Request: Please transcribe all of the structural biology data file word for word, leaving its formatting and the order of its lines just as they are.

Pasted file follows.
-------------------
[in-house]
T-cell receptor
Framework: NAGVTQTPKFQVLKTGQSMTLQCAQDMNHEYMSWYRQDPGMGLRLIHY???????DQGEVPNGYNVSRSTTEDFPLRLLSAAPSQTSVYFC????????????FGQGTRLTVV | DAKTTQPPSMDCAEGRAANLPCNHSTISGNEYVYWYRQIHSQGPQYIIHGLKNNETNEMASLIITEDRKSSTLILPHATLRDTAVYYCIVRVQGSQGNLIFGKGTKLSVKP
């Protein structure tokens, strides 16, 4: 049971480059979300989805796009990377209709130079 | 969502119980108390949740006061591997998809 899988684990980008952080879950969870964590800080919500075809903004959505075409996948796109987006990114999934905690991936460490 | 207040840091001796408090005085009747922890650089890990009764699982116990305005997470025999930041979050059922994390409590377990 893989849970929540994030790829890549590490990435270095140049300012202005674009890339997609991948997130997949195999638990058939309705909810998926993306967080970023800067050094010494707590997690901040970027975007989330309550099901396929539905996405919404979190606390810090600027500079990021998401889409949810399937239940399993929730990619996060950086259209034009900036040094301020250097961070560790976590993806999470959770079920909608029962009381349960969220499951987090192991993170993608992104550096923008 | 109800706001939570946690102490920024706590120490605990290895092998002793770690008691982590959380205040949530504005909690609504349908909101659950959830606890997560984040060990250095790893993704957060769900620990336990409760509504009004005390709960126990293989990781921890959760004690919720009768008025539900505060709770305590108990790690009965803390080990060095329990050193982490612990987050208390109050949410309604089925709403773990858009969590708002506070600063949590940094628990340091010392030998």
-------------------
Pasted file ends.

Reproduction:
[in-house]
T-cell receptor
Framework: NAGVTQTPKFQVLKTGQSMTLQCAQDMNHEYMSWYRQDPGMGLRLIHY???????DQGEVPNGYNVSRSTTEDFPLRLLSAAPSQTSVYFC????????????FGQGTRLTVV | DAKTTQPPSMDCAEGRAANLPCNHSTISGNEYVYWYRQIHSQGPQYIIHGLKNNETNEMASLIITEDRKSSTLILPHATLRDTAVYYCIVRVQGSQGNLIFGKGTKLSVKP
């Protein structure tokens, strides 16, 4: 049971480059979300989805796009990377209709130079 | 969502119980108390949740006061591997998809 899988684990980008952080879950969870964590800080919500075809903004959505075409996948796109987006990114999934905690991936460490 | 207040840091001796408090005085009747922890650089890990009764699982116990305005997470025999930041979050059922994390409590377990 893989849970929540994030790829890549590490990435270095140049300012202005674009890339997609991948997130997949195999638990058939309705909810998926993306967080970023800067050094010494707590997690901040970027975007989330309550099901396929539905996405919404979190606390810090600027500079990021998401889409949810399937239940399993929730990619996060950086259209034009900036040094301020250097961070560790976590993806999470959770079920909608029962009381349960969220499951987090192991993170993608992104550096923008 | 109800706001939570946690102490920024706590120490605990290895092998002793770690008691982590959380205040949530504005909690609504349908909101659950959830606890997560984040060990250095790893993704957060769900620990336990409760509504009004005390709960126990293989990781921890959760004690919720009768008025539900505060709770305590108990790690009965803390080990060095329990050193982490612990987050208390109050949410309604089925709403773990858009969590708002506070600063949590940094628990340091010392030998």